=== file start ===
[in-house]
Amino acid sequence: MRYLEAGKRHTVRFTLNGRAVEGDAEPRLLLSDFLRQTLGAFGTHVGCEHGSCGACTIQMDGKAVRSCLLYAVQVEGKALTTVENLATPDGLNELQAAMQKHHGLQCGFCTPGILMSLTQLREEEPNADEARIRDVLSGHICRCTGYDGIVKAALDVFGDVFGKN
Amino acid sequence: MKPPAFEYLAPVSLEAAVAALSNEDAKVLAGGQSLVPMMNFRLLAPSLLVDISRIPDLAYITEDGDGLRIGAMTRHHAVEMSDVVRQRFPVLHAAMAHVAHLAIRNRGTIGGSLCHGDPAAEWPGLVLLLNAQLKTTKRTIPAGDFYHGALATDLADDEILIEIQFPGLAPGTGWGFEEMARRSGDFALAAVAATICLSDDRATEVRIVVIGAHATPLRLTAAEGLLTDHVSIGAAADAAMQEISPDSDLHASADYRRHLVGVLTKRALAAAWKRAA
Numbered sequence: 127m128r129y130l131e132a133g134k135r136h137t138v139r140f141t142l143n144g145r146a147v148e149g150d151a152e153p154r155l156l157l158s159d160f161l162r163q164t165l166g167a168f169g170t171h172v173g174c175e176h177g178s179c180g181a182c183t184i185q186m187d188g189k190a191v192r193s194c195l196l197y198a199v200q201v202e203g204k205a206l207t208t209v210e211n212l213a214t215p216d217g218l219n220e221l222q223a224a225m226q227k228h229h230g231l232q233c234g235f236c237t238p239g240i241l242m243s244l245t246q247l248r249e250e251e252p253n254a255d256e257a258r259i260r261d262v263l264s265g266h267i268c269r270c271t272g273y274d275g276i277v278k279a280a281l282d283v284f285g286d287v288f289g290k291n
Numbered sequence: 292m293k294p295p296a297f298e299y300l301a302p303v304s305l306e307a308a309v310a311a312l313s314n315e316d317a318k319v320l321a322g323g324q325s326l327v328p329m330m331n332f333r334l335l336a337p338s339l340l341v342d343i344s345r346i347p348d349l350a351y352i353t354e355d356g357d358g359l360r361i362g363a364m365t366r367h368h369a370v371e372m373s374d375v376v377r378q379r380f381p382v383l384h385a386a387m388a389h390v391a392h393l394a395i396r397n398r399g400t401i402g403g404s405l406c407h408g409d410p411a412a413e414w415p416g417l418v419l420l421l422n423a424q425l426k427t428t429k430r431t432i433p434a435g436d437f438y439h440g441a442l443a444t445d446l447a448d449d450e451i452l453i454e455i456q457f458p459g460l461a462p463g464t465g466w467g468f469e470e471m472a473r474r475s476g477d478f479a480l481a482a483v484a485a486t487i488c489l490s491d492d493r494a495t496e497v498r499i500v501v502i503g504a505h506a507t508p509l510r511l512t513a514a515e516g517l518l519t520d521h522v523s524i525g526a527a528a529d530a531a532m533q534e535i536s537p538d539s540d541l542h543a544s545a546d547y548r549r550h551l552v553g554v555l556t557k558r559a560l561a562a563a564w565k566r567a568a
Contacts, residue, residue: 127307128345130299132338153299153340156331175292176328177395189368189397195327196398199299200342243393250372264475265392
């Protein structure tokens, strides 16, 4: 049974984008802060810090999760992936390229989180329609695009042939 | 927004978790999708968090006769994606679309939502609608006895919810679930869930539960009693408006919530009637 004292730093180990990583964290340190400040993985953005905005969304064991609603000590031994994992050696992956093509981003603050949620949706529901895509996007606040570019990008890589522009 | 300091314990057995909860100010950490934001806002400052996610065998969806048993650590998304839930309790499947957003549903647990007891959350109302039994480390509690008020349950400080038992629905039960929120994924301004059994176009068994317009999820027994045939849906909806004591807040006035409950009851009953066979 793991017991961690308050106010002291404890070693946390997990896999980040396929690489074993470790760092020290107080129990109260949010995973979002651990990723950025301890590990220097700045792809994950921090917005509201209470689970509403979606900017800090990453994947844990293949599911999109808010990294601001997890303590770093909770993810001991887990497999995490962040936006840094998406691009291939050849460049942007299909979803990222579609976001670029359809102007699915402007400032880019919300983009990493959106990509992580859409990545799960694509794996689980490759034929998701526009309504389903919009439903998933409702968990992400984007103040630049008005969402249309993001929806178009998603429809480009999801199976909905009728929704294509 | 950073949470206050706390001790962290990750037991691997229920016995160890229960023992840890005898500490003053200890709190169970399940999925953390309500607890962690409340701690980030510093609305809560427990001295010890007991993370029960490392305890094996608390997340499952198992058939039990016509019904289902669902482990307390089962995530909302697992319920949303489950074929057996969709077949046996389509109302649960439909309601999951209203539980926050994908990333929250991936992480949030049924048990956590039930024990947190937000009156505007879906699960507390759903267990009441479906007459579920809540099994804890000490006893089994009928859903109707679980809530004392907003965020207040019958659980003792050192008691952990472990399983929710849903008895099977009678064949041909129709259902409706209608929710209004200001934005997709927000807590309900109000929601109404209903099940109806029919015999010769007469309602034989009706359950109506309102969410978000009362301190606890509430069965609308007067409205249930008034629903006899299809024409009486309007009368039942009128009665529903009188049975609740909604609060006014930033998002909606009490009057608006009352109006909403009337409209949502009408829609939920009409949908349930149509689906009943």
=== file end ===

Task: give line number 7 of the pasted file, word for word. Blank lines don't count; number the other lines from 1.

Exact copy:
């Protein structure tokens, strides 16, 4: 049974984008802060810090999760992936390229989180329609695009042939 | 927004978790999708968090006769994606679309939502609608006895919810679930869930539960009693408006919530009637 004292730093180990990583964290340190400040993985953005905005969304064991609603000590031994994992050696992956093509981003603050949620949706529901895509996007606040570019990008890589522009 | 300091314990057995909860100010950490934001806002400052996610065998969806048993650590998304839930309790499947957003549903647990007891959350109302039994480390509690008020349950400080038992629905039960929120994924301004059994176009068994317009999820027994045939849906909806004591807040006035409950009851009953066979 793991017991961690308050106010002291404890070693946390997990896999980040396929690489074993470790760092020290107080129990109260949010995973979002651990990723950025301890590990220097700045792809994950921090917005509201209470689970509403979606900017800090990453994947844990293949599911999109808010990294601001997890303590770093909770993810001991887990497999995490962040936006840094998406691009291939050849460049942007299909979803990222579609976001670029359809102007699915402007400032880019919300983009990493959106990509992580859409990545799960694509794996689980490759034929998701526009309504389903919009439903998933409702968990992400984007103040630049008005969402249309993001929806178009998603429809480009999801199976909905009728929704294509 | 950073949470206050706390001790962290990750037991691997229920016995160890229960023992840890005898500490003053200890709190169970399940999925953390309500607890962690409340701690980030510093609305809560427990001295010890007991993370029960490392305890094996608390997340499952198992058939039990016509019904289902669902482990307390089962995530909302697992319920949303489950074929057996969709077949046996389509109302649960439909309601999951209203539980926050994908990333929250991936992480949030049924048990956590039930024990947190937000009156505007879906699960507390759903267990009441479906007459579920809540099994804890000490006893089994009928859903109707679980809530004392907003965020207040019958659980003792050192008691952990472990399983929710849903008895099977009678064949041909129709259902409706209608929710209004200001934005997709927000807590309900109000929601109404209903099940109806029919015999010769007469309602034989009706359950109506309102969410978000009362301190606890509430069965609308007067409205249930008034629903006899299809024409009486309007009368039942009128009665529903009188049975609740909604609060006014930033998002909606009490009057608006009352109006909403009337409209949502009408829609939920009409949908349930149509689906009943």